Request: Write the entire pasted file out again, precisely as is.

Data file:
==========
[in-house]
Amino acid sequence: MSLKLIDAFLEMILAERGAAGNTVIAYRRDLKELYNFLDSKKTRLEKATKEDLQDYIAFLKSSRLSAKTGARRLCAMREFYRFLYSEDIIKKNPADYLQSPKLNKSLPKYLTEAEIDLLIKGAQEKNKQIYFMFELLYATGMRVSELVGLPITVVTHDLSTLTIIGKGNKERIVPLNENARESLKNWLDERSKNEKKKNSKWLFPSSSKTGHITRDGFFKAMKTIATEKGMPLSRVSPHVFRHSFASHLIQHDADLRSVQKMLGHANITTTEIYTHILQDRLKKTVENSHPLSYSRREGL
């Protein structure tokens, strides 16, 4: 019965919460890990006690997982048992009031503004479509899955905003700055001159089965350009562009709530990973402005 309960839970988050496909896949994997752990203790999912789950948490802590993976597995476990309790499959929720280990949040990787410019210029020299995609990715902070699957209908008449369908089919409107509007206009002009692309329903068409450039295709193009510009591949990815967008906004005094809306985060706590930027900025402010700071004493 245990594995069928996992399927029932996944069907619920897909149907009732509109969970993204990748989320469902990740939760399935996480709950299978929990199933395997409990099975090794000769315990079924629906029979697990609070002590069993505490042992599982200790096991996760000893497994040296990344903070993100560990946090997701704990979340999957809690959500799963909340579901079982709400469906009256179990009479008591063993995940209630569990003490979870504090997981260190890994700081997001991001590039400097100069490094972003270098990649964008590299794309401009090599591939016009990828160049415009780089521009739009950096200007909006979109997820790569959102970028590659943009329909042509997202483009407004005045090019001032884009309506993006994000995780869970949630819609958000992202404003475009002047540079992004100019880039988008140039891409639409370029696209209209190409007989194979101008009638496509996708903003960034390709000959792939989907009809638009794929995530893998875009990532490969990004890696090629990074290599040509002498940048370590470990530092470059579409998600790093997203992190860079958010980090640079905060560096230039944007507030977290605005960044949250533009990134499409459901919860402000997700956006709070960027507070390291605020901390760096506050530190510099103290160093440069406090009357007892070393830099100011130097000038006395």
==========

[in-house]
Amino acid sequence: MSLKLIDAFLEMILAERGAAGNTVIAYRRDLKELYNFLDSKKTRLEKATKEDLQDYIAFLKSSRLSAKTGARRLCAMREFYRFLYSEDIIKKNPADYLQSPKLNKSLPKYLTEAEIDLLIKGAQEKNKQIYFMFELLYATGMRVSELVGLPITVVTHDLSTLTIIGKGNKERIVPLNENARESLKNWLDERSKNEKKKNSKWLFPSSSKTGHITRDGFFKAMKTIATEKGMPLSRVSPHVFRHSFASHLIQHDADLRSVQKMLGHANITTTEIYTHILQDRLKKTVENSHPLSYSRREGL
């Protein structure tokens, strides 16, 4: 019965919460890990006690997982048992009031503004479509899955905003700055001159089965350009562009709530990973402005 309960839970988050496909896949994997752990203790999912789950948490802590993976597995476990309790499959929720280990949040990787410019210029020299995609990715902070699957209908008449369908089919409107509007206009002009692309329903068409450039295709193009510009591949990815967008906004005094809306985060706590930027900025402010700071004493 245990594995069928996992399927029932996944069907619920897909149907009732509109969970993204990748989320469902990740939760399935996480709950299978929990199933395997409990099975090794000769315990079924629906029979697990609070002590069993505490042992599982200790096991996760000893497994040296990344903070993100560990946090997701704990979340999957809690959500799963909340579901079982709400469906009256179990009479008591063993995940209630569990003490979870504090997981260190890994700081997001991001590039400097100069490094972003270098990649964008590299794309401009090599591939016009990828160049415009780089521009739009950096200007909006979109997820790569959102970028590659943009329909042509997202483009407004005045090019001032884009309506993006994000995780869970949630819609958000992202404003475009002047540079992004100019880039988008140039891409639409370029696209209209190409007989194979101008009638496509996708903003960034390709000959792939989907009809638009794929995530893998875009990532490969990004890696090629990074290599040509002498940048370590470990530092470059579409998600790093997203992190860079958010980090640079905060560096230039944007507030977290605005960044949250533009990134499409459901919860402000997700956006709070960027507070390291605020901390760096506050530190510099103290160093440069406090009357007892070393830099100011130097000038006395």